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Posted on in Divorce

Texas divorce attorney, Texas complex litigation lawyerIn the midsts of the holidays, not everyone is full of cheer and happiness. Thousands of homes across the country are in the middle of strife and anxiety, more than that associated with entertaining for the holidays. Recent studies show an increase in divorce cases following the holidays. Many psychologists offer possible reasoning for the rise.

Bad Gifts

In most divorces following the gift-giving seasons, the gift actually may be the straw figuratively breaks the camel’s back. Although the gift is not the primary reason for divorcing someone after several years or even decades of marriage, each year the other spouse has renewed hope that this year will be better. When a gift is given that solidifies incompatibility between spouses, many lose the faith of improving conditions. Unless the gift is truly outlandish, the recipient has predetermined based on other factors that unless their spouse “knocks this one out of the park,” the marriage is over.


Cedar-Park high-asset divorce attorney, complex litigation, high-asset divorce, risk of divorce, money and divorce, marriage and money, divorce trendsAccording to a recent study, the more money a couple makes, the less likely they are to divorce. However, when couples who do have a lot of assets decide to divorce, the result often involves complex litigation regarding child custody and support, spousal support, and asset and property division.

The study, conducted by researchers from the Department of Economics at Emory University in Atlanta, took data that was collected for a different study. In the Emory University study, there were 3,000 participants. All of the participants had been married at least once, after 2008. Participants were asked dozens of questions about their marriages, including the length of time they dated their spouse, age of marriage, engagement ring, wedding and honeymoon expenses, and the duration of the marriage.

In the new study, Randy Olson, a fourth-year computer science graduate research assistant at Michigan State University, took all of the data from the Emory University study and crunched it. He discovered, among other findings, a direct relationship between the divorce rate and a couple's income. According to the numbers, couples who earn over $125K per year are 50 percent less likely to divorce than couples who earn under $25K per year.


Posted on in Divorce

The holidays can be stressful for everyone. The season is spent buying expensive presents, travelling in cold weather and spending time with family members. These stresses can further divide married couples who may have relationship problems throughout the whole year. But couples often stick together through the holidays even if their relationship has run its course.  That phenomenon has lead attorneys to call January "divorce month".

Divorce SeasonResearch has also shown that January is the month to consider filing for divorce. An analysis by FindLaw.com has shown that between 2008 and 2011 there was an increase in divorce filings in the month of January. This increase sees an apex in the month of March and then tends back down through the rest of the year until September when it increases again.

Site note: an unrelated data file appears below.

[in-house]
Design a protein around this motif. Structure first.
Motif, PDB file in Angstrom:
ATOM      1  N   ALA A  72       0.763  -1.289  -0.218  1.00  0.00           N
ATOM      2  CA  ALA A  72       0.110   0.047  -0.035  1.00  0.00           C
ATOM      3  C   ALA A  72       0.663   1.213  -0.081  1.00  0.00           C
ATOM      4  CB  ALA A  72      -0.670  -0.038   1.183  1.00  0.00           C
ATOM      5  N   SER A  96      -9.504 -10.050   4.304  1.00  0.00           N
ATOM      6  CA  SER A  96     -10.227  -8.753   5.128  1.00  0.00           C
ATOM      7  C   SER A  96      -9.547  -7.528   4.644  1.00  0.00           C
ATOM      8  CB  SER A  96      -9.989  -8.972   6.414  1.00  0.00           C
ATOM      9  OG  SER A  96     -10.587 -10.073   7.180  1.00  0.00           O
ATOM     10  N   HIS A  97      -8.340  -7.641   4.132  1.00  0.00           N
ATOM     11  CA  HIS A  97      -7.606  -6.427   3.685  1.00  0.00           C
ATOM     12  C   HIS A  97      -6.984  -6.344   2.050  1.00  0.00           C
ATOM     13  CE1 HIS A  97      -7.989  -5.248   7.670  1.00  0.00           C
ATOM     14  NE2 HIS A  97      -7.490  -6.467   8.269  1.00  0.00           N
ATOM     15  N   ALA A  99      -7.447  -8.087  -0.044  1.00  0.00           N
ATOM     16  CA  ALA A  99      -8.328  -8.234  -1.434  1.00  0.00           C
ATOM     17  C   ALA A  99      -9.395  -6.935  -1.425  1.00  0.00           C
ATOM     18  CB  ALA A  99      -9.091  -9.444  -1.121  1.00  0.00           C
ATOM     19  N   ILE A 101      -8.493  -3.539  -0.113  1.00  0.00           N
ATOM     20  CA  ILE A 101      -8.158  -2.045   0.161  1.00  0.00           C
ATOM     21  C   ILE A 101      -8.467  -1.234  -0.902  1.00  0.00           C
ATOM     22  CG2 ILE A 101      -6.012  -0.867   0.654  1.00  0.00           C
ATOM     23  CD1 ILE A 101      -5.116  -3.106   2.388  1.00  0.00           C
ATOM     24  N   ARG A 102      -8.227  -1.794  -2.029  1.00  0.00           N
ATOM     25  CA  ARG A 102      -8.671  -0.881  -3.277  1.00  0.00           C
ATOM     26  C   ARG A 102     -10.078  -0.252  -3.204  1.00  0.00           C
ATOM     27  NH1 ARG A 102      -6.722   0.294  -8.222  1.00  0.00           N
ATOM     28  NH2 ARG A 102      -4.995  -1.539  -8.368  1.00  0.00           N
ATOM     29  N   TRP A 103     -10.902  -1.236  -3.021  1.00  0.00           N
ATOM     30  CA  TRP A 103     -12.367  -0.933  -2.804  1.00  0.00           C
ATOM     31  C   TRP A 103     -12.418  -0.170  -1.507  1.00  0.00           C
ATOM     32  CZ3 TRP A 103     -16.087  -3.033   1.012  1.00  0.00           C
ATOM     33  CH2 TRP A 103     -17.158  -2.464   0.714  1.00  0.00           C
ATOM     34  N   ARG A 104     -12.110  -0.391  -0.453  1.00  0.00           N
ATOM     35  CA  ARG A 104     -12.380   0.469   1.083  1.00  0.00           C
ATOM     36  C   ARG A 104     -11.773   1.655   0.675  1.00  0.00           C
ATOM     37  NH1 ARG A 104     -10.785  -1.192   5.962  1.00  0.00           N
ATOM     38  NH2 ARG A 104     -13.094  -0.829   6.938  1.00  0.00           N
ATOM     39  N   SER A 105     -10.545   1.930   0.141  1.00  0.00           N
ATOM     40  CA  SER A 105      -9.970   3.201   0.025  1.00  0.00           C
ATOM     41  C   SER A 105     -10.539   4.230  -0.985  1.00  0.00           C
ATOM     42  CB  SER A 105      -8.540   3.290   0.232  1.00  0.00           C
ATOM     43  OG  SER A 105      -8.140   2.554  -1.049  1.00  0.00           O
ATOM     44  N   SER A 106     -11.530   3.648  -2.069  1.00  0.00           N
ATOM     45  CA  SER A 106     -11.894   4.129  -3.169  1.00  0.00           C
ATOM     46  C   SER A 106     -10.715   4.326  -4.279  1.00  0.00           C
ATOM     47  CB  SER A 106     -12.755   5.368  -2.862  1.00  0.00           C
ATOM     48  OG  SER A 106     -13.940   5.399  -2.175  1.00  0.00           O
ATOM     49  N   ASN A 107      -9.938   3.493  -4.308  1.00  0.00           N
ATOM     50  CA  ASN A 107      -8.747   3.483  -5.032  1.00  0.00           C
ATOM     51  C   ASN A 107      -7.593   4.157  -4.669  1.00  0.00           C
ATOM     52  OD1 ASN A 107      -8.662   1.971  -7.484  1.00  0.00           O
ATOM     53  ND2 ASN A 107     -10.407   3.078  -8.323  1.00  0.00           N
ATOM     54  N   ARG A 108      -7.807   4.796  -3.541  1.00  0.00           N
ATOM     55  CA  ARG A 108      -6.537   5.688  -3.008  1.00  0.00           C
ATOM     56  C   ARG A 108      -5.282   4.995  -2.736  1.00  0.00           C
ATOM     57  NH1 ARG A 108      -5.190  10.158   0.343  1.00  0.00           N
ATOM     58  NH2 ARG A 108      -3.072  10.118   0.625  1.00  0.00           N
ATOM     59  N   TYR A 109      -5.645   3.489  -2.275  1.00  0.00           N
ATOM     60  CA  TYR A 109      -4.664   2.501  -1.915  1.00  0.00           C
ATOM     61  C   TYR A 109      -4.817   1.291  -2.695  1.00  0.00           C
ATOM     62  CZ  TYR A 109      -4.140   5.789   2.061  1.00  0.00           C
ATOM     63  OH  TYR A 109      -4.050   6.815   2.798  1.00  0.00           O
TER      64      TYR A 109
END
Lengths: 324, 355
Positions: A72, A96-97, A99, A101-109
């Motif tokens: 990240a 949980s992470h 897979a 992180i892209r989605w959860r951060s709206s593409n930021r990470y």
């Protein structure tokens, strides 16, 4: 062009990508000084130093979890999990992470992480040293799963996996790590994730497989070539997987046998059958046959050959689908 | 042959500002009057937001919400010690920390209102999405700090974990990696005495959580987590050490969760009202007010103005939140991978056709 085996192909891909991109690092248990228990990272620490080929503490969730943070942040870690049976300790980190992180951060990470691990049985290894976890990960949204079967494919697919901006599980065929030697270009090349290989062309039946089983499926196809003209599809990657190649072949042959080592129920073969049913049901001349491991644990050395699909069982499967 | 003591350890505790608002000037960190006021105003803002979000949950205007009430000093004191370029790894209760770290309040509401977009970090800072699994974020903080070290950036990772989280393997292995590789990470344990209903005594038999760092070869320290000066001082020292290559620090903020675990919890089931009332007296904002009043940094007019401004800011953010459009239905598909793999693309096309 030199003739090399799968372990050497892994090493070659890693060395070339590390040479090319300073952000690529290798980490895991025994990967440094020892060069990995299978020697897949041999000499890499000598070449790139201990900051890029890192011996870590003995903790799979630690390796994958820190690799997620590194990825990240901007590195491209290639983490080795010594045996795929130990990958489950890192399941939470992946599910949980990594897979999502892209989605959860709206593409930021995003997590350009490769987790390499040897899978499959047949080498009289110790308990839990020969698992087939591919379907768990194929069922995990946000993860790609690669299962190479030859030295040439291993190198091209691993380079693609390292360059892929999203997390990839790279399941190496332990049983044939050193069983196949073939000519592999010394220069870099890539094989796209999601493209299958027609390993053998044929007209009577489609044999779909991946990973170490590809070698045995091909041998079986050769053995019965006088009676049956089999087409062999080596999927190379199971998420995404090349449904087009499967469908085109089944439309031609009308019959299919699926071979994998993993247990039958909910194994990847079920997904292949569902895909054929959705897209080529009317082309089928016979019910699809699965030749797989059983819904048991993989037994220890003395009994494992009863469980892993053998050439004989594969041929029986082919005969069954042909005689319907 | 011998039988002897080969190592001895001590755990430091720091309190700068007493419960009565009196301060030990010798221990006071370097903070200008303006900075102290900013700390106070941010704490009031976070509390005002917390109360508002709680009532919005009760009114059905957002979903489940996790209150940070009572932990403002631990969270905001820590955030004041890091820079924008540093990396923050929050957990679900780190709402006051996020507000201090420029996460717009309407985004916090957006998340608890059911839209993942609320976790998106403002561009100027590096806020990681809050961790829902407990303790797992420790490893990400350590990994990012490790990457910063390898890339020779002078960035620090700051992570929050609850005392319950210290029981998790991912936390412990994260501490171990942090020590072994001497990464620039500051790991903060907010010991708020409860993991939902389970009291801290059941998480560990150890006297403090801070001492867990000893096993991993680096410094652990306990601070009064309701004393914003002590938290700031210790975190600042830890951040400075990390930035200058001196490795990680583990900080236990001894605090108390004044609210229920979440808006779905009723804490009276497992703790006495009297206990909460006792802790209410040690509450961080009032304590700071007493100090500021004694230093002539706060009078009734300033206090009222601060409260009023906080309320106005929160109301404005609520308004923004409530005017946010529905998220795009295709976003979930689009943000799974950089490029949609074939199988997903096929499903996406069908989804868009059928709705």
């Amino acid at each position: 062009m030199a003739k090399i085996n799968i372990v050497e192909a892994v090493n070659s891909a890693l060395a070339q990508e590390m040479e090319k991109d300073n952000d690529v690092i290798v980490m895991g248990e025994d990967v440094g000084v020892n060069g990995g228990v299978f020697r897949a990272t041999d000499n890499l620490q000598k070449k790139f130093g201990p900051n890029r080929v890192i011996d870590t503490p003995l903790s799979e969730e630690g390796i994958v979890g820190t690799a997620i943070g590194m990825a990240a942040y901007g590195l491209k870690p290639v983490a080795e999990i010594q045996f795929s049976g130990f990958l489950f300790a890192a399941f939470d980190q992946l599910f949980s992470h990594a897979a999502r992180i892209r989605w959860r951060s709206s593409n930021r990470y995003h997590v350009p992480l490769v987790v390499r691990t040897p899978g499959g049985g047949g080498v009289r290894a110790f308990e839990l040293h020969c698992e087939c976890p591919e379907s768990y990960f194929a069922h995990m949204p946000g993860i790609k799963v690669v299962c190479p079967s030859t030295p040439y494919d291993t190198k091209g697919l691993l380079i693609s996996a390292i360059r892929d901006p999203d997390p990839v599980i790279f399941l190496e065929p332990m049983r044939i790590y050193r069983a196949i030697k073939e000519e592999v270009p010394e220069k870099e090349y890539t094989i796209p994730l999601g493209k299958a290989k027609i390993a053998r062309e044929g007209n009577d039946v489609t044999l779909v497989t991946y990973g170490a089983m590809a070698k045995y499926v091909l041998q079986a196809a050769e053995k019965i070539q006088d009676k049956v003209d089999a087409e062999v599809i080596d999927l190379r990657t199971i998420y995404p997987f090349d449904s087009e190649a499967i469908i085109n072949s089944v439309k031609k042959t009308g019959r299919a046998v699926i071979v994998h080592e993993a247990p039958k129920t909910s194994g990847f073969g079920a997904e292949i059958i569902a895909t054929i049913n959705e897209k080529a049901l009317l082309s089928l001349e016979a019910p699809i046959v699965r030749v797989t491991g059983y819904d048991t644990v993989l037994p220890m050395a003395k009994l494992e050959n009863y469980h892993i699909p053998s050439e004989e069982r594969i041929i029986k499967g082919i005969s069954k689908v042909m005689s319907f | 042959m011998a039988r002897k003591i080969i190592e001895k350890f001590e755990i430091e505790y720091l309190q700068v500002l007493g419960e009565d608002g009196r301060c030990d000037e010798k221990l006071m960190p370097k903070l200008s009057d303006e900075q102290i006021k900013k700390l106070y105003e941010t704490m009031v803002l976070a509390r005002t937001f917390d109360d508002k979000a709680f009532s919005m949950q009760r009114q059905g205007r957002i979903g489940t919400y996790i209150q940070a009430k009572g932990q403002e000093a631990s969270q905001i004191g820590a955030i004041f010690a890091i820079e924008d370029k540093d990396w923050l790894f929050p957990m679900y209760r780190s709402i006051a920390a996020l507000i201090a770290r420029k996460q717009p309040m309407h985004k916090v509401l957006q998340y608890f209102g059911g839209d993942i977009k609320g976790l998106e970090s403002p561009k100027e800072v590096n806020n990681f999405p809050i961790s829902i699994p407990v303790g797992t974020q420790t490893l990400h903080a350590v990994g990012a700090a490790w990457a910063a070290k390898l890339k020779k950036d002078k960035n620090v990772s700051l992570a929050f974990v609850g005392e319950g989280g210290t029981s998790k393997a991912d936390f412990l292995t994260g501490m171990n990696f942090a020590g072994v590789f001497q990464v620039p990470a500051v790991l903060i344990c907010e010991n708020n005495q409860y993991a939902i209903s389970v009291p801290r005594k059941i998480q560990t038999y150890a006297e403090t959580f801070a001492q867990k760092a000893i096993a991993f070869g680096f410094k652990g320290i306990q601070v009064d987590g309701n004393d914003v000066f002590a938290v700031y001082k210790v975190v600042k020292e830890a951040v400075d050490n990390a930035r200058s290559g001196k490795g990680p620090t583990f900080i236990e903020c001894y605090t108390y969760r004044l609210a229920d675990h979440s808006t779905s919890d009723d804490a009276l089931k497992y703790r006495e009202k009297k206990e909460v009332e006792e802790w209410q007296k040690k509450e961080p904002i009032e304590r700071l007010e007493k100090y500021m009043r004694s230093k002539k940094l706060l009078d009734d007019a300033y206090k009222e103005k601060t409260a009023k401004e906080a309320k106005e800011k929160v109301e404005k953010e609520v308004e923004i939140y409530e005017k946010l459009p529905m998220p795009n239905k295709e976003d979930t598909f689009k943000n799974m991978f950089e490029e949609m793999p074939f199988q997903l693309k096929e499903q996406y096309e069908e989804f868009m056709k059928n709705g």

The website also looked at search activity for their website and found a similar increase in the month of January. Phrases like "divorce", "family law" and "child custody" increased 50 percent from the month of December to the month of January. This increase peaked in the month of March. If people are not filing for divorce, they are at least considering the possibility.


Posted on in Divorce

Unemployment Effect on Divorce RateThere are many factors that contribute to divorce, and more and more studies are being released as of late that point to non-traditional reasons for marital dissolution. One such study, as reported by the Huffington Post, examines martial satisfaction and employment status. "The examination found that when men are not employed, it heightens the possibility of either the man or woman leaving the marriage." The study did not report similar findings if it was the wife that was unemployed or laid off instead of the husband. With effects of the Great Recession still rippling through American society, this study would indicate that many marriages have come to an end because of unemployment or job loss.

The unemployment rate, according to data from the Bureau of Labor Statistics, is dramatically higher today than it was a decade ago. In January 2003, for example, the unemployment rate was 5.8, a typical number for months that year. In 2013, on the other hand, the unemployment rate was 7.9. This was down from the height of the Great Recession, when the January 2010 unemployment rate clocked in at 9.8, nearly a ten-year high (the unemployment rate was the highest its been this decade in March and April of 2010, at 9.9 percent). According to the Census Bureau, however, the divorce rate actually declined from 1990 to 2009; from 4.7 per 1,000 people to 3.4. This was the most recent year for which this data was available.

Whether or not this data matches the study, researchers at the Ohio State University, led by Liana Sayer, found conclusively that employment status DID affect divorce rates. It may not, however, be directly dependent on employment status, but the effects of unemployment. "If marital dissatisfaction is great," reports the Huffington Post, "the loss of a job is just another reason to end the relationship." There are also emotional or societal effects of unemployment and divorce, such as "heightened negative emotions [and] broken societal expectations."


Posted on in Family Law

reason to divorceMarriage requires upkeep. Romance, intimacy, and communication are three things that can become more difficult as time passes.  Issues and arguments will come up in every marriage. However, in some cases, you and your spouse may decide that divorce is the best option for you.

One cause of divorce is infidelity.  The bonds of love and trust are often irrevocably damaged when cheating occurs. In Texas, if you choose to file a fault based divorce, infidelity can affect things such as property division and alimony during your divorce settlement.